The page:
This dog is one of many feral dogs on the campus of Jawaharlal Nehru University in New Delhi.
But this is no ordinary dog.
She is the dog I think of almost everyday.
Even now. Now that I have been away from India for more than 6 months. Now that I am about to travel south to Mexico. I still think of her.
I think of her and stare at these pictures because she touched my heart and life deeper than most. We shared moments of mutual loyalty. But also more. I watched her struggle to survive and live.
We met one steamy afternoon after I had finished teaching. I was on my way back to my flat when she just appeared in front of me. As you can see from the pictures she was desperately thin. I kneeled down and to my surprise she came over to me and lay on her back. We played together for a few minutes while folks walked by just staring in amazement.
My heart could not get over how beautiful she was. I kept thinking that there must be a way to adopt her. To take her to South Africa where she would live alongside those other spoiled brats I love so much.
Just as I was getting comfortable sitting next to her, she looked at me momentarily, and then walked off. My heart broke. But I did not try to stop her or follow her. But from that moment on I yearned to be close to her. To see her and play with her again.
For days after that I looked to see if I could find her among the many many other dogs that roamed the campus. Then weeks later I was close to where we first met when she ran behind me and jumped up against my leg. It was a beautiful moment. She found me. My heart was beating so hard I could hear it in my ears.
We played for a long time. I talked to her. Loudly. And with love.
This time I walked away. I wanted to go to my flat and bring back bread for her to eat. When I returned she was gone.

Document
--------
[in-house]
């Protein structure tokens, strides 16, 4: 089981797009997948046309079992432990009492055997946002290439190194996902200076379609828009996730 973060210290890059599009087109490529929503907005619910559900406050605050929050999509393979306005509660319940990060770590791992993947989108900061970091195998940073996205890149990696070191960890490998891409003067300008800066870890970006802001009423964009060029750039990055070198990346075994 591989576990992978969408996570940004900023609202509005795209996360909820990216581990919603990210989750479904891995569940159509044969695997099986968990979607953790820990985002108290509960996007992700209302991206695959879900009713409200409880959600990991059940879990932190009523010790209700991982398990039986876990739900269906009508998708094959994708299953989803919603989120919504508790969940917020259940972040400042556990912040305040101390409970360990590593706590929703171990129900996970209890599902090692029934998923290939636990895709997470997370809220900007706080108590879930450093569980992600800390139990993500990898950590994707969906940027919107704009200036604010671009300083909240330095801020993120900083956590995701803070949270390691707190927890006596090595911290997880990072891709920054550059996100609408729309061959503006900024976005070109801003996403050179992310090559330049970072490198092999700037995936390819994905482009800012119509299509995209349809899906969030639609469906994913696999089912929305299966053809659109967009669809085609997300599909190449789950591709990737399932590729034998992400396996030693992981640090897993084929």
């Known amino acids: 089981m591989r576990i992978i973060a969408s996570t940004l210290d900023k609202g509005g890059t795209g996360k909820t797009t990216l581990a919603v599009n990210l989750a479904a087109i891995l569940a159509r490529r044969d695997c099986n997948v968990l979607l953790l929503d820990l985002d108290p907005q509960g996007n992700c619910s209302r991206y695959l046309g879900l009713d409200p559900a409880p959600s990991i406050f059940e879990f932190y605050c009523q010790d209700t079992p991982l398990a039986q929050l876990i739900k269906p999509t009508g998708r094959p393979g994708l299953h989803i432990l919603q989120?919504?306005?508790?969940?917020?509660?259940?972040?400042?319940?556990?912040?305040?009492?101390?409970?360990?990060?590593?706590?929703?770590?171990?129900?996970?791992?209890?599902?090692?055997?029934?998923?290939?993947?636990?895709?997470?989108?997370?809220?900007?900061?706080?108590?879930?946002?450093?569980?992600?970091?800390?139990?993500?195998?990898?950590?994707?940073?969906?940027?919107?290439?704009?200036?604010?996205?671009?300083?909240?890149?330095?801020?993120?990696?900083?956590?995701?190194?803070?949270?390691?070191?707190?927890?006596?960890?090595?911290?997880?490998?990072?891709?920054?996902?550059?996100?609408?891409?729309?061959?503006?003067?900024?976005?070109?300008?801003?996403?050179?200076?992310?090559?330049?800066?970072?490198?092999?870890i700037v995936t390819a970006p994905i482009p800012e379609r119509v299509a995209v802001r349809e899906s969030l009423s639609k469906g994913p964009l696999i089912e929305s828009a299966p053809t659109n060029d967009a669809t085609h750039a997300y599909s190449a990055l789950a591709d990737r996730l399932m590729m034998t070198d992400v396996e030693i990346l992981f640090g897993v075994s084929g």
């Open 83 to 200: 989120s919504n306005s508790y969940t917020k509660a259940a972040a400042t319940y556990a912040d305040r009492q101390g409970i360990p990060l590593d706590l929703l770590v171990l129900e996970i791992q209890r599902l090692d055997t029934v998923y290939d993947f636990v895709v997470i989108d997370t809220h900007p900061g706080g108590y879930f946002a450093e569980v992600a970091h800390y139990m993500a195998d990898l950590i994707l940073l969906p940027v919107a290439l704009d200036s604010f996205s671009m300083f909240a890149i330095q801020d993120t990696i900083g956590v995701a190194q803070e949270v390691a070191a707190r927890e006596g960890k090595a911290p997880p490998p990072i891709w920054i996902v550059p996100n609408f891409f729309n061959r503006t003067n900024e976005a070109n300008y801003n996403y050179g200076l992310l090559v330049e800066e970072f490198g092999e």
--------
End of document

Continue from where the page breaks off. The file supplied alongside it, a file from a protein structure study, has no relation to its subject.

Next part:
When she reappeared a week later her leg was injured. She was very thin and she seemed to be on the verge of dying. She recognized me and we played again. But she was too frail. Her body could not expend even joyous energy. She lay down at my feet.
I could not bear to see her like that so I picked her up and carried her to a diner on campus.
I knew that folks would be horrified that I carried a dog into a diner but I did not care. I bought some food and carried it outside where I put in on the floor for her. To my amazement she just hobbled off after looking at me for a moment.
She was probably scared about being outside of her territory. She was hungry but not ready to just eat out of her territory. I was devastated but decided to look for her in the morning before class.
After many mornings of searching I found her. She was laying just off the curb in front of the main administration building. I could tell she was sleeping so I sat quietly next to her. After a few minutes I woke her and offered her pita bread. She was happy to see me and moved closer for me to pet her.
I did not see her again. I went to Nepal, Malaysia, Singapore, and southern and western India before returning to JNU from Goa. There were just a few weeks left before I was to leave for South Africa in late January 2007.
I thought about my beautiful friend and consoled myself that she probably was better off in that playground above. Two nights before I left for SA I was walking out of the same diner where I carried her into when she appeared out of nowhere. She was bounding and healthy. She jumped up and lay on her back. Her eyes were bright and her body full.
I could not contain myself and just broke down and cried. This beautiful dog had found me, again. She came to say goodbye, maybe. Whatever the sequence of events. I chose to believe that she came to say goodbye to me. And I was grateful but sad that I did not have my camera to take a picture of the healthy dog she had become.
We played. And I was more alive than back then and before. She lived bigger than just life. She survived and loved through it all. And she was loyal to more than just me. Even as I write this I still can't contain what that means to me.
I love that dog. Forever.